Figure 13.11.1: 13C Chemical shift range for organic compound
Comparing the 1H NMR, there is a big difference thing in the 13C NMR. The 13C-13Cspin-spin splitting rarely exit between adjacent carbons because 13C is naturally lower abundant (1.1%)
- 13C-1H Spin coupling: 13C-1H Spin coupling provides useful information about the number of protons attached a carbon atom. In case of one bond coupling (1JCH), -CH, -CH2, and CH3 have respectively doublet, triplet, quartets for the 13C resonances in the spectrum. However, 13C-1H Spin coupling has an disadvantage for 13C spectrum interpretation. 13C-1H Spin coupling is hard to analyze and reveal structure due to a forest of overlapping peaks that result from 100% abundance of 1H.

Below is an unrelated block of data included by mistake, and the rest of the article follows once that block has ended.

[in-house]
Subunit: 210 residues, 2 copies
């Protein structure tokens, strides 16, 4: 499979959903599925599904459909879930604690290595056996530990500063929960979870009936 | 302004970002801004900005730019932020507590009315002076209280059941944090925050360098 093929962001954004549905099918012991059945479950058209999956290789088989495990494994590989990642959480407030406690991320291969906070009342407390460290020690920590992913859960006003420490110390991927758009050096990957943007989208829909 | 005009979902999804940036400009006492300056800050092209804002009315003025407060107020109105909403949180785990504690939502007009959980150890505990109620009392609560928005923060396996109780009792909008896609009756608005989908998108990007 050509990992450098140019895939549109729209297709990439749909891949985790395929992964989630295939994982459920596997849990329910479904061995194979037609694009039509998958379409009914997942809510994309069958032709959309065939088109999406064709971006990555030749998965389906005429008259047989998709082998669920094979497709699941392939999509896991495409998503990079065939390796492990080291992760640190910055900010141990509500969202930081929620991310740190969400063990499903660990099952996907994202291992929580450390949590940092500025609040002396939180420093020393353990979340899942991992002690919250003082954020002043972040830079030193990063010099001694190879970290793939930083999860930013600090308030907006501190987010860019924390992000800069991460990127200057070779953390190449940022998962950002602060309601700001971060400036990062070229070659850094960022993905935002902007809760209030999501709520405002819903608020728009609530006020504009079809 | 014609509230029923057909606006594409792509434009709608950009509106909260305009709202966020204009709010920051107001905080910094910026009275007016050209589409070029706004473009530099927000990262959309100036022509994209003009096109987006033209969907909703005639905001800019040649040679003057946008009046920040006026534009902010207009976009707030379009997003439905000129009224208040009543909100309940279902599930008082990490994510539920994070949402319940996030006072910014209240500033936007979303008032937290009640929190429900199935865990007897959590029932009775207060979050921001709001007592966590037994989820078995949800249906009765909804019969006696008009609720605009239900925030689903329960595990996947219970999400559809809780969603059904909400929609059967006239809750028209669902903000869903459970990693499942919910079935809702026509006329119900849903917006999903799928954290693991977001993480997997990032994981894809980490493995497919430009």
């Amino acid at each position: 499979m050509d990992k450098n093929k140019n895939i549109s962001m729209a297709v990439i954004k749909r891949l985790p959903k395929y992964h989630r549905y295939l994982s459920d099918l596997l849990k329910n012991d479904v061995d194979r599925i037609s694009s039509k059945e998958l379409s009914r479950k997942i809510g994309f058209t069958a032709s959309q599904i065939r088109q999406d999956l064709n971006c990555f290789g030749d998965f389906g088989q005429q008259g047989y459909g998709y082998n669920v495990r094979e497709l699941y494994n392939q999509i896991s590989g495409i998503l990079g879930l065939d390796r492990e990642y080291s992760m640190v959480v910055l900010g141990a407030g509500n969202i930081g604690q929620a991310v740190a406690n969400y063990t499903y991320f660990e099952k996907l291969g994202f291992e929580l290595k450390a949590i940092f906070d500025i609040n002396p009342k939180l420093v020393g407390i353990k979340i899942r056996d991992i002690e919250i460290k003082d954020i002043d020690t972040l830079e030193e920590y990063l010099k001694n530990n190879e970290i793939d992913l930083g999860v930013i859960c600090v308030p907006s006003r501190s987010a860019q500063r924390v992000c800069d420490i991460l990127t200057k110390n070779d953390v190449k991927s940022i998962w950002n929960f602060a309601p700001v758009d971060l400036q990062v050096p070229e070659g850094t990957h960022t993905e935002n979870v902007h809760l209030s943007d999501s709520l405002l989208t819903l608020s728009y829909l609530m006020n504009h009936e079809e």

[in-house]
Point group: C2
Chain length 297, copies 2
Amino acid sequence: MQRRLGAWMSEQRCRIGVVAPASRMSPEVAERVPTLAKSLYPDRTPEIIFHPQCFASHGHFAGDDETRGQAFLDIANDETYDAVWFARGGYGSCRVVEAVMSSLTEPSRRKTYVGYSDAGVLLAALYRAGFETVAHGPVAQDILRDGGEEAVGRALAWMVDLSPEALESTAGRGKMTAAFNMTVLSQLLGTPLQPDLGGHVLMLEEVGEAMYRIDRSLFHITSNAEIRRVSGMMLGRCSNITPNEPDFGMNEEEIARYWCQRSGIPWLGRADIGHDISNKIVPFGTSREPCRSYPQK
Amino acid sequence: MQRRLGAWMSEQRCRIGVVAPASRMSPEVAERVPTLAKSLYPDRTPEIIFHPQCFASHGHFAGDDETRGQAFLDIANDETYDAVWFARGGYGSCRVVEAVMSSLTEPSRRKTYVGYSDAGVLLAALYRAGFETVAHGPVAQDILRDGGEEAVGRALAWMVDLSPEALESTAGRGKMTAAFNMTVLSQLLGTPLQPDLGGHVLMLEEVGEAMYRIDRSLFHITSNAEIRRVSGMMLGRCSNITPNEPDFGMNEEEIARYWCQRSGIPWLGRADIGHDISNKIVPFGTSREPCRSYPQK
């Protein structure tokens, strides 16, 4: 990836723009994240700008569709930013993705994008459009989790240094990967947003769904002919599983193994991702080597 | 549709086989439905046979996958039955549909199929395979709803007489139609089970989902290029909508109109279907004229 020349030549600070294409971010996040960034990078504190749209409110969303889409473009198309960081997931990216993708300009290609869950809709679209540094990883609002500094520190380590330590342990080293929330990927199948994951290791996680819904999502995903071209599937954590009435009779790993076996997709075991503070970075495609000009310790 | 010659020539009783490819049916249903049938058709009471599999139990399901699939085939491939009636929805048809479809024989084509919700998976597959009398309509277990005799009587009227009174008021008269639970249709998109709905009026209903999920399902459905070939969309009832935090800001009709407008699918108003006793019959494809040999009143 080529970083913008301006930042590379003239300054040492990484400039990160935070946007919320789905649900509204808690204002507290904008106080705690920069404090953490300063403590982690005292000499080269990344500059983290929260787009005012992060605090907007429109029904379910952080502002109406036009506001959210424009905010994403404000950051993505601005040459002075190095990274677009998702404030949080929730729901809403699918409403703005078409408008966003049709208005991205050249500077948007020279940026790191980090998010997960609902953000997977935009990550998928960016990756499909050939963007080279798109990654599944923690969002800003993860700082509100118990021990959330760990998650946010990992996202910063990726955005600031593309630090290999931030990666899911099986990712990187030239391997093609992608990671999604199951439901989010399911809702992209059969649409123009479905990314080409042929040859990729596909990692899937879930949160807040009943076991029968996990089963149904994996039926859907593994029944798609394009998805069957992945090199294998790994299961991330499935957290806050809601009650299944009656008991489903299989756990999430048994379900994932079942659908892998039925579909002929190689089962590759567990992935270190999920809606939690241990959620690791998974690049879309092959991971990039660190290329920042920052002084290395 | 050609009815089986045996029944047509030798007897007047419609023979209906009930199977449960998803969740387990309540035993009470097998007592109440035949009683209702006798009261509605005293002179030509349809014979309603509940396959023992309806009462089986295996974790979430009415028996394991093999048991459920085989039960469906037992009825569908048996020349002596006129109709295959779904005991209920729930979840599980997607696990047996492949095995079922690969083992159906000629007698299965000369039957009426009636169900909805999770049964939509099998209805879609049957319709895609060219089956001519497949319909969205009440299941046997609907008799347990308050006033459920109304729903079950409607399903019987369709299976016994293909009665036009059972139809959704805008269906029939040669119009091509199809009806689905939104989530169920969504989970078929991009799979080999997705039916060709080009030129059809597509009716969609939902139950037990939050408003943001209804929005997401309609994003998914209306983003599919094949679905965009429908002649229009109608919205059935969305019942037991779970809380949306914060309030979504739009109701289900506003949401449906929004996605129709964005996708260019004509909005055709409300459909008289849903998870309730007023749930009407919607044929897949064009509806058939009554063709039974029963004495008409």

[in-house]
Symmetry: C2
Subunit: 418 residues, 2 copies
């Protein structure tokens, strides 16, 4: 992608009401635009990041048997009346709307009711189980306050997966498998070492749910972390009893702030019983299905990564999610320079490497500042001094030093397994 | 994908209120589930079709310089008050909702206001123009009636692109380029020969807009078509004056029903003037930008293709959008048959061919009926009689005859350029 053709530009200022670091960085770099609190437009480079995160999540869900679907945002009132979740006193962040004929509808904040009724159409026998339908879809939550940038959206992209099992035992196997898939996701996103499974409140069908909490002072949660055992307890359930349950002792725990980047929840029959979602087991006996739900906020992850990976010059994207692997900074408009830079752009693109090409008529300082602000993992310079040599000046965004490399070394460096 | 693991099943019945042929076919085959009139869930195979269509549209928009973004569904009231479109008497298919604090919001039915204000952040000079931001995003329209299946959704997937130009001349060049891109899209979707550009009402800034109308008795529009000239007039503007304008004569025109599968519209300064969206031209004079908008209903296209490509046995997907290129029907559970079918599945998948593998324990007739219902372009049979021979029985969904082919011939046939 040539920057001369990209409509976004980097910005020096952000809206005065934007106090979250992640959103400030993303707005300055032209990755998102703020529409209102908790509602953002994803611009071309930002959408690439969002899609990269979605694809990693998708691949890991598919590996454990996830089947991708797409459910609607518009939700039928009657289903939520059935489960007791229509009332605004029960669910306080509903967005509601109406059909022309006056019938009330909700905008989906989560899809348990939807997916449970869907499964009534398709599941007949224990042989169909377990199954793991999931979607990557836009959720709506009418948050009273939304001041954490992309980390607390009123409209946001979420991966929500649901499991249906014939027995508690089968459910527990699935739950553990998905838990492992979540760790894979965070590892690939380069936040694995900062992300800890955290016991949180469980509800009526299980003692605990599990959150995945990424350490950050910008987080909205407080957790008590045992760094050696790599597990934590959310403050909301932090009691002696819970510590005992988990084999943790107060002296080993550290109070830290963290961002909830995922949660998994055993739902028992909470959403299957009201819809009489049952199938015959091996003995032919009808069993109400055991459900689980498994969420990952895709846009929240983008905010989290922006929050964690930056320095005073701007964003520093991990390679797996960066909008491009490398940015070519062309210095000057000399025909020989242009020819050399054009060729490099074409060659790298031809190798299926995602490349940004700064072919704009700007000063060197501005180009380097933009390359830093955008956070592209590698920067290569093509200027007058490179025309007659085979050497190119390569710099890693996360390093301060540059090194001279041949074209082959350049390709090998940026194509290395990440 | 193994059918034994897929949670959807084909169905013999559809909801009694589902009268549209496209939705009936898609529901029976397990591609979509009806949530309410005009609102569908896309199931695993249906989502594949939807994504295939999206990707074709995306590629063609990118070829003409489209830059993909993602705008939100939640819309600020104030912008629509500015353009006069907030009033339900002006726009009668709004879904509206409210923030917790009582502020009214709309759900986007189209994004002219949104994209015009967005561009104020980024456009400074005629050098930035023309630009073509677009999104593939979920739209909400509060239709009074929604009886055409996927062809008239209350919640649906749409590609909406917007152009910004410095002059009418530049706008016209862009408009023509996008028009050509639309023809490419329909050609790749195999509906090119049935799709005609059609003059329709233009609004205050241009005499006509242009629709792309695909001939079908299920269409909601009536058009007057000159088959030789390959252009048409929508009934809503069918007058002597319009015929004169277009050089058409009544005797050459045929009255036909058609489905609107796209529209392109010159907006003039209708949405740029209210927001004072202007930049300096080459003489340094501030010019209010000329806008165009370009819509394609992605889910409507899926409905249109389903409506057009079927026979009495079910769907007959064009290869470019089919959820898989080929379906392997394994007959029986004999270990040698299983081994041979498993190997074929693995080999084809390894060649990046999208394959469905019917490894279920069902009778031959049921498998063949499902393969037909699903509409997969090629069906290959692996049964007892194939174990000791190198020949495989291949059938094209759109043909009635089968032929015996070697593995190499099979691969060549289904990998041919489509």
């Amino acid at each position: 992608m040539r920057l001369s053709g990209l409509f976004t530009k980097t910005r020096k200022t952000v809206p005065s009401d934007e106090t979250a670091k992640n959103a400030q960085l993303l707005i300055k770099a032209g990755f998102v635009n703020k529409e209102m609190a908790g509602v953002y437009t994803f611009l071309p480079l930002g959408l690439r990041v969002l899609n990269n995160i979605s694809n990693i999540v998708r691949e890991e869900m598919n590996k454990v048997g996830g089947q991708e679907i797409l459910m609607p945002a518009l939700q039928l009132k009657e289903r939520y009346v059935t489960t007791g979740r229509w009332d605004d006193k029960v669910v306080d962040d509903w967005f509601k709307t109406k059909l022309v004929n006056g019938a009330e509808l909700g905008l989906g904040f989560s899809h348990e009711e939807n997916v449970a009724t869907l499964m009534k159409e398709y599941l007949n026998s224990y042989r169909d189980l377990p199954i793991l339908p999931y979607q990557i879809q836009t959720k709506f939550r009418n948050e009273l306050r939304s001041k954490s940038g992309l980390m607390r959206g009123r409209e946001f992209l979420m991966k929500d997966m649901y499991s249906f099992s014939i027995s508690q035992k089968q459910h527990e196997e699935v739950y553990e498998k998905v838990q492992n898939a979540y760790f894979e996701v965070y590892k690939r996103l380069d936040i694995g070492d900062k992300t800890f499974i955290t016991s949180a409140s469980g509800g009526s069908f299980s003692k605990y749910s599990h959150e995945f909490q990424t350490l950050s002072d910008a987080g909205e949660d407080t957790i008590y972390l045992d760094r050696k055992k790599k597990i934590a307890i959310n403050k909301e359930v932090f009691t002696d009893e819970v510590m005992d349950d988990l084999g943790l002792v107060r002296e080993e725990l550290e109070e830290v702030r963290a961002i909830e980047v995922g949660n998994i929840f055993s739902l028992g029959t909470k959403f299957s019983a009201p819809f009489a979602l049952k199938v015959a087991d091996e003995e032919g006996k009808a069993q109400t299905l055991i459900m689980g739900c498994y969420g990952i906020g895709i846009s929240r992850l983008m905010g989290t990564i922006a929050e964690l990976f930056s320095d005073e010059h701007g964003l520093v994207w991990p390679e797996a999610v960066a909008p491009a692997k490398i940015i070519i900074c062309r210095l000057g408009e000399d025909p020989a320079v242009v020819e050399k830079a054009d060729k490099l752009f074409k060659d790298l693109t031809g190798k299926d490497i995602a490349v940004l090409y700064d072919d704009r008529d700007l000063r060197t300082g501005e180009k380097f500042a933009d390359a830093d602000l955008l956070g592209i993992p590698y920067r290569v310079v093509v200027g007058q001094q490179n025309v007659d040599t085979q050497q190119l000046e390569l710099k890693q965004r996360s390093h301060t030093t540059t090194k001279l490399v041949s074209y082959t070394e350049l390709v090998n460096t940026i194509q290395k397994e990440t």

- Decoupling: Decoupling is the process of removing 13C-1H coupling interaction to simplify a spectrum and identify which pair of nuclei is involved in the J coupling. The decoupling 13C spectra shows only one peak(singlet) for each unique carbon in the molecule(Fig 10.). Decoupling is performed by irradiating at the frequency of one proton with continuous low-power RF.
Fig 13.11.2. Decoupling in the 13C NMR
Contributors and Attributions
Prof. Steven Farmer (Sonoma State University)
- Layne Morsch (University of Illinois Springfield)
Butane shows two different peaks in the 13C NMR spectrum, below. Note that: the chemical shifts of these peaks are not very different from methane. The carbons in butane are in a similar environment to the one in methane.
- there are two distinct carbons in butane: the methyl, or CH3, carbon, and the methylene, or CH2, carbon.
- the methyl carbon absorbs slightly upfield, or at lower shift, around 10 ppm.
- the methylene carbon absorbs at slightly downfield, or at higher shift, around 20 ppm.